In 1870-72, John Marius Wilson's Imperial Gazetteer of England and Wales described Darwen like this:
DARWEN (Over), a town, a township, and three chapelries, in Blackburn parish, Lancashire. The town stands near the Blackburn and Bolton railway, 4 miles S of Blackburn; is a seat of manufacture; and has a post office‡ under Blackburn, a r. station, a market-house, public baths, a mechanics' institute, a lecture-hall, a weekly market, and three annual fairs. The township comprises 5, 010 acres. Real property, £39, 356; of which £6, 082 are in mines, £308 in quarries, and £253 in gas-works. ...
Pop., 16, 492. Houses, 2, 925. There are great cotton-mills, print and bleach works, paper-works, foundries, and machine-works. The chapelries are St. James, Trinity, and St. John; the first two p. curacies, the third a vicarage. Value of St. James, £240;* of Trinity, £300;* of St. John, £150. Patron of the two first, the Vicar of Blackburn; of St. John, the Rev. P. Graham. St. James, church was built in 1829, Trinity in 1829, St. John's in 1864; the last at a cost of £8, 000. There are another church, four Independent chapels, a Baptist, a Wesleyan of 1865, two other Methodist, and a R. Catholic, a cemetery with three chapels of 1861, and seven public schools.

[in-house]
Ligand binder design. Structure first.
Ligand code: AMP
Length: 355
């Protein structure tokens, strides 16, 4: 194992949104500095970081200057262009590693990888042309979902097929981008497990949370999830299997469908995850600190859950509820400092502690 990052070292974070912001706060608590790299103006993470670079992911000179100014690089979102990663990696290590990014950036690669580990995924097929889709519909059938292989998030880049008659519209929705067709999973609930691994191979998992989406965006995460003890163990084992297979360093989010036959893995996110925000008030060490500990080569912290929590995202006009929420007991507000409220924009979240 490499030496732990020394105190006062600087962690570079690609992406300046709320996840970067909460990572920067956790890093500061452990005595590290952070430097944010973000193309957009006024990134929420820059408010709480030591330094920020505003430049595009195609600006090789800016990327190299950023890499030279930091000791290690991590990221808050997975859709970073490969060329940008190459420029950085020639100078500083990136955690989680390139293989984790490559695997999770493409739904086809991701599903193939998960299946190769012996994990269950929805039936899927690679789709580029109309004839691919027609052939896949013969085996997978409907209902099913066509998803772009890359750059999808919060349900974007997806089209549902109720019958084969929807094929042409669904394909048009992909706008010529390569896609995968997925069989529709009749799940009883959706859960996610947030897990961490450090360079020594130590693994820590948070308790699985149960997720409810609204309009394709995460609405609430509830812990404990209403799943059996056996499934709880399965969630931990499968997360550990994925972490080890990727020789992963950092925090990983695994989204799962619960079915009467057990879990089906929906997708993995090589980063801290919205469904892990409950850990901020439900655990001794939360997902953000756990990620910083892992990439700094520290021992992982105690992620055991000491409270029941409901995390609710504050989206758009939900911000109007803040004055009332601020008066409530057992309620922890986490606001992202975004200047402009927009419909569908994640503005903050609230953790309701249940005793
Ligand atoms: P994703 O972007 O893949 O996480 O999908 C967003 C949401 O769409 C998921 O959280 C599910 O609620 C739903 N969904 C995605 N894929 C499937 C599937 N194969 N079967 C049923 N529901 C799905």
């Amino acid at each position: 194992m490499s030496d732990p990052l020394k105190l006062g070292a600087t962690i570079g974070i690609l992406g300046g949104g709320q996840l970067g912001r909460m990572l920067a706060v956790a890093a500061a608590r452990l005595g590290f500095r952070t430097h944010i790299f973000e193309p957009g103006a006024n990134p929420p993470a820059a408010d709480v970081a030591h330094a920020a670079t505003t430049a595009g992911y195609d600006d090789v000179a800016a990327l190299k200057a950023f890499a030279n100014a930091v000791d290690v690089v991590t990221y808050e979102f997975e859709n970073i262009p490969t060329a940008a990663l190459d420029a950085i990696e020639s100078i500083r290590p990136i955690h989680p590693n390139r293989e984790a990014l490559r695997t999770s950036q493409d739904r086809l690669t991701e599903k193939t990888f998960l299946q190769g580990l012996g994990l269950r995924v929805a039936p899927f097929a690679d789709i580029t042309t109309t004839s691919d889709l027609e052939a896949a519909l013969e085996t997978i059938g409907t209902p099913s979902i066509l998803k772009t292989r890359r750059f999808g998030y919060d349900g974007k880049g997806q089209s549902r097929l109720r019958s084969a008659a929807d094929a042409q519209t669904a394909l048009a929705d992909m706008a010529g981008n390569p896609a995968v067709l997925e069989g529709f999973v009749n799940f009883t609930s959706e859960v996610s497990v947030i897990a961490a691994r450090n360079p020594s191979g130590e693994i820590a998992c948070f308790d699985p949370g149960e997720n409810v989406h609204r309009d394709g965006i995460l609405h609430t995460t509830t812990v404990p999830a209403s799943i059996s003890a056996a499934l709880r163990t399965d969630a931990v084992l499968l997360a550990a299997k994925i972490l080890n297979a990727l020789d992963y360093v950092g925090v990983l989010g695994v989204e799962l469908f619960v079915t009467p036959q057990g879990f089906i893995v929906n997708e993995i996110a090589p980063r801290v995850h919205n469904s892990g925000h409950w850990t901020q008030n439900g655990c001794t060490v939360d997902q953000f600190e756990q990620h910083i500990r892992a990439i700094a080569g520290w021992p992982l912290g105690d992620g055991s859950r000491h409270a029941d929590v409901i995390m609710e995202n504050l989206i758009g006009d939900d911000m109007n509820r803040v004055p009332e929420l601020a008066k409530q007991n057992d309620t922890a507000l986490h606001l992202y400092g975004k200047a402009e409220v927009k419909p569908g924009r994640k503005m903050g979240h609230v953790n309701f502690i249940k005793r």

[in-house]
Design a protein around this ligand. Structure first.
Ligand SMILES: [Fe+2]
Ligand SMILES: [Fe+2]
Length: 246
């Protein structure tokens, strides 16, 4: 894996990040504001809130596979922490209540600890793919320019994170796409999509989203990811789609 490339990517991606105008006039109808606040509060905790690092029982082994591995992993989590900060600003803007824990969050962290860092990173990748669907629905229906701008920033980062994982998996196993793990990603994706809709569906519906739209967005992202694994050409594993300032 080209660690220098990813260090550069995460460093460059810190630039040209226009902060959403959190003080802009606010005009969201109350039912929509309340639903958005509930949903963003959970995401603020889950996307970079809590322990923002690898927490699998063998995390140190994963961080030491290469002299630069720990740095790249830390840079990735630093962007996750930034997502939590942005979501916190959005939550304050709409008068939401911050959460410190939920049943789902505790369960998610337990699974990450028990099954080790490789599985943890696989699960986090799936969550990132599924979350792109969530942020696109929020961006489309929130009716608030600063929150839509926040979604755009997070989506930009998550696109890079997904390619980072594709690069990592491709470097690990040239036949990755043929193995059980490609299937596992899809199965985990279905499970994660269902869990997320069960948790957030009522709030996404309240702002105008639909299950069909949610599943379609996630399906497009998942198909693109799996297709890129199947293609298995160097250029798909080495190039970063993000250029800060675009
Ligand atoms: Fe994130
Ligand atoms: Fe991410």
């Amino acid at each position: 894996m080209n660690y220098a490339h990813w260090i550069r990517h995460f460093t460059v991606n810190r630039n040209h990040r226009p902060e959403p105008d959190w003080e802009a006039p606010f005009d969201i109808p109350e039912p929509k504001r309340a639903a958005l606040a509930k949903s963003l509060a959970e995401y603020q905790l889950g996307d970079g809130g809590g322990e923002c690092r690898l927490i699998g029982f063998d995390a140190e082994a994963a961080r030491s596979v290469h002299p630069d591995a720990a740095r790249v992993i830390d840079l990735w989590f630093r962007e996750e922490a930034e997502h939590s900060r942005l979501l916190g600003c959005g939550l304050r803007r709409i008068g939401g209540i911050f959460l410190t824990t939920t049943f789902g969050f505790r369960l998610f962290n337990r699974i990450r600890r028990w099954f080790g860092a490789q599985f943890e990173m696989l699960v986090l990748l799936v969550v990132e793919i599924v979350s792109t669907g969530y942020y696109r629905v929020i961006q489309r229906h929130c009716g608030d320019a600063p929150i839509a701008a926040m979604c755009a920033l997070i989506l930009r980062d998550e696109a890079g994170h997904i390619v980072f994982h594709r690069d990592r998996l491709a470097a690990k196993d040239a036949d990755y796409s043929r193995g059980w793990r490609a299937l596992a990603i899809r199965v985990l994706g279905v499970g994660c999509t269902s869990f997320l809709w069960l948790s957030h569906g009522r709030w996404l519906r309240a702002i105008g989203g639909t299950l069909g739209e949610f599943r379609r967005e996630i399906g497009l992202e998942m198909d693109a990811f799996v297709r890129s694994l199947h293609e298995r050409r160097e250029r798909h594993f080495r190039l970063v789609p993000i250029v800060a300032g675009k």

A Vision of Britain through Time includes a large library of local statistics for administrative units. For the best overall sense of how the area containing Darwen has changed, please see our redistricted information for the modern district of Blackburn With Darwen. More detailed statistical data are available under Units and statistics, which includes both administrative units covering Darwen and units named after it.
GB Historical GIS / University of Portsmouth, History of Darwen, in Blackburn with Darwen and Lancashire | Map and description, A Vision of Britain through Time.
Date accessed: 26th September 2016
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